The true cost of influencer culture: Americans spent $71 BILLION on social media impulse buys last year – with over half regretting their purchases
- Some 39 percent of adults purchased an item on social media in the last year
- Of those that made purchases, 57 percent said they regretted at least one
- Those who do make impulse purchases spent an average of $754 in the year
Americans spent $71 billion in the last year on impulse buys inspired by what they saw on social media, a new survey reveals.
Some 39 percent of Americans said they made such impulse purchases in the last year.
Of those, 57 percent said they went on to regret least one of their purchases, according to Bankrate.
The urge to make rash online purchases was much more prevalent among millennials and Gen Zers – with around 60 percent of both groups saying they choose what to buy based on what they see on social media.
Millennials were bigger spenders, however, spending an average of $1,016 each since August 2022, while Gen Zers typically spent around $844.
Americans spent $71 billion in the last year on impulse buys inspired by what they saw on social media, according to a Bankrate survey that sampled more than 3,600 American adults
More than a quarter of respondents who said they make impulse purchases inspired by what they see on social media said they spent more than $500 between August
The survey – carried out in August – sampled more than 3,600 American adults, 3,300 of which said they were active on at least one social media platform.
The mean amount spent by those who do make purchases based on what they see on social media was $754, but the median was $155, implying big spenders account for disproportionate expenditure.
And men who made social media-driven impulse purchases spent an average of $999, while women spent an average of $518.
Bankrate analyst Ted Rossman suggested that people who are struggling to save on account of impromptu spending should consider taking their time before finalizing purchases.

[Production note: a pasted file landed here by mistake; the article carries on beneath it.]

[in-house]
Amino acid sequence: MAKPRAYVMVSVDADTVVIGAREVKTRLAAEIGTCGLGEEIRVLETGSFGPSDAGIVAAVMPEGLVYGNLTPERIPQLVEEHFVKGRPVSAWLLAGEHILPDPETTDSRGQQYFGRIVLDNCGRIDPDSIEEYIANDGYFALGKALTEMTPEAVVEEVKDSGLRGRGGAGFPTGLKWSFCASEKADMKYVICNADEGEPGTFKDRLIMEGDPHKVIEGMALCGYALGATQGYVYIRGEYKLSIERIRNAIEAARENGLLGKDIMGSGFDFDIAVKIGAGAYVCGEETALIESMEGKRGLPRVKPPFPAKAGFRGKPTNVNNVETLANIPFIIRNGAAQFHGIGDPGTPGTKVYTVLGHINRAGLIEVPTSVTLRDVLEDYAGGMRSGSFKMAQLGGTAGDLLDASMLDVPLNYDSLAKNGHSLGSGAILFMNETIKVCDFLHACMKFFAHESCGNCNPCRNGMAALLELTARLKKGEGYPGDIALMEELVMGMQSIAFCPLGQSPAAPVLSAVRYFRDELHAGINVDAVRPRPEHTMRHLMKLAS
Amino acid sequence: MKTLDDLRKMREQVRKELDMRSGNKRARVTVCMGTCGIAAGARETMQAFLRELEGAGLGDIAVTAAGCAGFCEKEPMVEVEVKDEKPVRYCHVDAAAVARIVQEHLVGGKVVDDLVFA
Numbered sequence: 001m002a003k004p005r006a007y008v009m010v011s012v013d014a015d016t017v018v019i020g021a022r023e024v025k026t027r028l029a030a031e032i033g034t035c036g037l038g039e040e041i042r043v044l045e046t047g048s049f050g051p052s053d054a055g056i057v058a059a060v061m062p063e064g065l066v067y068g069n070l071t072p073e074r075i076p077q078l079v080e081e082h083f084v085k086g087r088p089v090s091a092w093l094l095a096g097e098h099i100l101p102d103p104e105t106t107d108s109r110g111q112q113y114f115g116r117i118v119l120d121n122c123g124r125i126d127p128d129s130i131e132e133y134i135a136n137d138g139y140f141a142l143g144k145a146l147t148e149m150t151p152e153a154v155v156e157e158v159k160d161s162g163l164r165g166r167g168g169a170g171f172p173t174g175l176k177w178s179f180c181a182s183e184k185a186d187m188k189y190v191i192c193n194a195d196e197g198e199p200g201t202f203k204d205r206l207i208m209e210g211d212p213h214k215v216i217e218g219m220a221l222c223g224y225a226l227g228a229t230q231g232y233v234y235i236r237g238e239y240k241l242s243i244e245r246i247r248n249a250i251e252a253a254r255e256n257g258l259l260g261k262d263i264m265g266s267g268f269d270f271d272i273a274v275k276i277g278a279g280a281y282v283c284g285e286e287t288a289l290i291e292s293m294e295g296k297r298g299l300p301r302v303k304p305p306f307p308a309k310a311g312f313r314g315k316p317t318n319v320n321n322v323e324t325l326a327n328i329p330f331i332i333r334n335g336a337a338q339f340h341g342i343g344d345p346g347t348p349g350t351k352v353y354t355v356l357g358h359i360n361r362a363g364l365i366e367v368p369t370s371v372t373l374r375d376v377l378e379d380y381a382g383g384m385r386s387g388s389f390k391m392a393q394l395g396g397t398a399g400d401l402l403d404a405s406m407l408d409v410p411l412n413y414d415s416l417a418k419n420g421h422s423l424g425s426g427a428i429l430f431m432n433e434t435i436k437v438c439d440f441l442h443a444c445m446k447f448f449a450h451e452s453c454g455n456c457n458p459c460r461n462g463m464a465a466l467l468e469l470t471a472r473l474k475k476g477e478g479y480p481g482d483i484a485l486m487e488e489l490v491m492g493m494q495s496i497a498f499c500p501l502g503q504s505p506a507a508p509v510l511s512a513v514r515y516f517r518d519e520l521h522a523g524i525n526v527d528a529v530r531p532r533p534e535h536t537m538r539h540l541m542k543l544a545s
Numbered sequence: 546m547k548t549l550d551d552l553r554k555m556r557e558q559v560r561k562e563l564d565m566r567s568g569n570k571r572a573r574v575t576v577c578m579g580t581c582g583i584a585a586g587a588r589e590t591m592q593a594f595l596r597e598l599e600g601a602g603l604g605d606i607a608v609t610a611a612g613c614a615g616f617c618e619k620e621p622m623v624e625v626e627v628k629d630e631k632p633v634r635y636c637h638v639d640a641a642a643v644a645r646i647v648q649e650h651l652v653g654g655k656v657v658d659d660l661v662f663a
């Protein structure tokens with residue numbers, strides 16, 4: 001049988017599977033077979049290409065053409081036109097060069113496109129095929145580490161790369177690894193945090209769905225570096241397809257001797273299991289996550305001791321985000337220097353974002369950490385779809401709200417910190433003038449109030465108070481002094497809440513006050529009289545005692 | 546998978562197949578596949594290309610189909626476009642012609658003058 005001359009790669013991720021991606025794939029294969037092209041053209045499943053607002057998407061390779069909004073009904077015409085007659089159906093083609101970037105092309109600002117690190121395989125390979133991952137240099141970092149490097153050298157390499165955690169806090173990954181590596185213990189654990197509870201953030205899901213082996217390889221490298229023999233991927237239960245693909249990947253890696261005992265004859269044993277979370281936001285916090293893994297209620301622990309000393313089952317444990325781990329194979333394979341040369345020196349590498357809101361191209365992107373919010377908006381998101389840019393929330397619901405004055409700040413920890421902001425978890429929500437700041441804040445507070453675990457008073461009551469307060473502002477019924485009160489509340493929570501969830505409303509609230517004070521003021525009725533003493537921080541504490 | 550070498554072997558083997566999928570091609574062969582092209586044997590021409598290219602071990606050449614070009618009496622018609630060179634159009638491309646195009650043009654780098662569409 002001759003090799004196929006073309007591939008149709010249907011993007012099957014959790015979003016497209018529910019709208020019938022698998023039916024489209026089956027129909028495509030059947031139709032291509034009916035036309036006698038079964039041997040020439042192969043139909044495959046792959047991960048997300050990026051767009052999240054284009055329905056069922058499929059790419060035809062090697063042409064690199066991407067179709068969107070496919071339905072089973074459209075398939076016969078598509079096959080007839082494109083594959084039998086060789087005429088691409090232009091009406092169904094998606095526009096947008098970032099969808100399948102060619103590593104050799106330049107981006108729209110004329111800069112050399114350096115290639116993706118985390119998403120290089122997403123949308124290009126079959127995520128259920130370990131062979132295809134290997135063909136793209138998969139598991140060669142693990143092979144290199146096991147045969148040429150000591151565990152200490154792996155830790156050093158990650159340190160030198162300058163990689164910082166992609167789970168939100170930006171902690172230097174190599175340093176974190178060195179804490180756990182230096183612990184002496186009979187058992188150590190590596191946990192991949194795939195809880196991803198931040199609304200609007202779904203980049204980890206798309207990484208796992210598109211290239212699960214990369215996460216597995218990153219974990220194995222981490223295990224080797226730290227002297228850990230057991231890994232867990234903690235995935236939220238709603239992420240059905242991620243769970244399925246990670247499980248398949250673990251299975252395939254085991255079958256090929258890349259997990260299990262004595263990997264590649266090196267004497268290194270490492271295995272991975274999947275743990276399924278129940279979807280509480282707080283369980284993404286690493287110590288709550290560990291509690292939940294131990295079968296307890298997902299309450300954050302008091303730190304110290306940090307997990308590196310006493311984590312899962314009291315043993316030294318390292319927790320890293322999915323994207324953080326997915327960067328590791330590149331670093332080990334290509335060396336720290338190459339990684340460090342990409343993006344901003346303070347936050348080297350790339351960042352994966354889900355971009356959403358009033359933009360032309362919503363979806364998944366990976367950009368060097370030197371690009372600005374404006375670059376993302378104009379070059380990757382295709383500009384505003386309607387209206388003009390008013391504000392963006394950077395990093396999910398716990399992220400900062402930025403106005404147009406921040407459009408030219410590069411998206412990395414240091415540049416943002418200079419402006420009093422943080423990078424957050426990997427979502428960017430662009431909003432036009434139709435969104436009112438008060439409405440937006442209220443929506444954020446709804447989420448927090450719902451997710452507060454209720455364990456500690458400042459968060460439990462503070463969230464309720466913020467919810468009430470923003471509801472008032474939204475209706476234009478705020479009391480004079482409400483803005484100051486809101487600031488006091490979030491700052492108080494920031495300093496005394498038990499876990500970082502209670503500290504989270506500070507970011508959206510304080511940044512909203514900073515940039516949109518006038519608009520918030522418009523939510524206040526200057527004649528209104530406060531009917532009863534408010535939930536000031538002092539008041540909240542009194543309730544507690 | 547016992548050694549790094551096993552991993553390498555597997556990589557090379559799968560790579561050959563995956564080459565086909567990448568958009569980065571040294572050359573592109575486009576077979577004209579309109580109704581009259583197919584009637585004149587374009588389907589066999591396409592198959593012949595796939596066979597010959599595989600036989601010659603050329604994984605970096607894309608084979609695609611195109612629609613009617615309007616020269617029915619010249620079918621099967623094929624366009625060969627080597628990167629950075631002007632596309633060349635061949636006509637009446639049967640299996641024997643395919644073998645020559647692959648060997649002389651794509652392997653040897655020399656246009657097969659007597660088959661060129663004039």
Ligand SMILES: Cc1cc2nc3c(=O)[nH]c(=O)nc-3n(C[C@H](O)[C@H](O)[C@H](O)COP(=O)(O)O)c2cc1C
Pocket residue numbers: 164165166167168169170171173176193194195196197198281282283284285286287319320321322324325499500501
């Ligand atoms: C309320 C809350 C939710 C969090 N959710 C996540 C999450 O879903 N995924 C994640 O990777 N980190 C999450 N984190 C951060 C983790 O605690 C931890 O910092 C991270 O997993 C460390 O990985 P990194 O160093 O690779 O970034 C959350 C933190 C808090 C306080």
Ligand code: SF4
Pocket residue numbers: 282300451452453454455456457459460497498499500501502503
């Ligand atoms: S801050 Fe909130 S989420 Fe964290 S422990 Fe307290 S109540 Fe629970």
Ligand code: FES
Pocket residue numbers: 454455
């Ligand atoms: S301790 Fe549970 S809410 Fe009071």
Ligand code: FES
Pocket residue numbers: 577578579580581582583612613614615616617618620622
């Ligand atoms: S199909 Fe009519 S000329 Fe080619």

One common rule involves taking 24 hours from seeing a product before deciding to buy it.
‘For larger amounts, you might even want to hold off for a week or more,’ Rossman said. ‘Make sure to involve your spouse in the discussion as well (if you have one). We found that secret spending is the most common example of financial infidelity.’
Rossman also warned how social media scammers are increasingly taking advantage of shoppers’ tendencies towards unplanned and spur of the moment shopping online.
‘Look out for adverts on social media claiming to be “going out of business” or “flash” sales,’ he told DailyMail.com.
‘These can be phishing scams which encourage shoppers to enter their personal payment information.’
The Bankrate survey also found that social media affects how many users feel about their own finances due to the prevalence of influencers boasting luxury lifestyles.
Some 20 percent of users felt negatively about their own finances after seeing posts on social media, while 9 percent said social media has a negative effect on how they manage their own money.
Gen Zers and millennials not only admitted to posting on social media to convey a sense of wealth, but also said social media has a negative effect on how they manage their money.
‘Keep in mind that what you see on social media isn’t always realistic. That refers to your friends’ posts and perhaps rings even more true for influencers,’ said Rossman.
According to the survey, 57 percent believe that people sometimes post things on social media to appear more successful, but only 12 admitted to doing it themselves.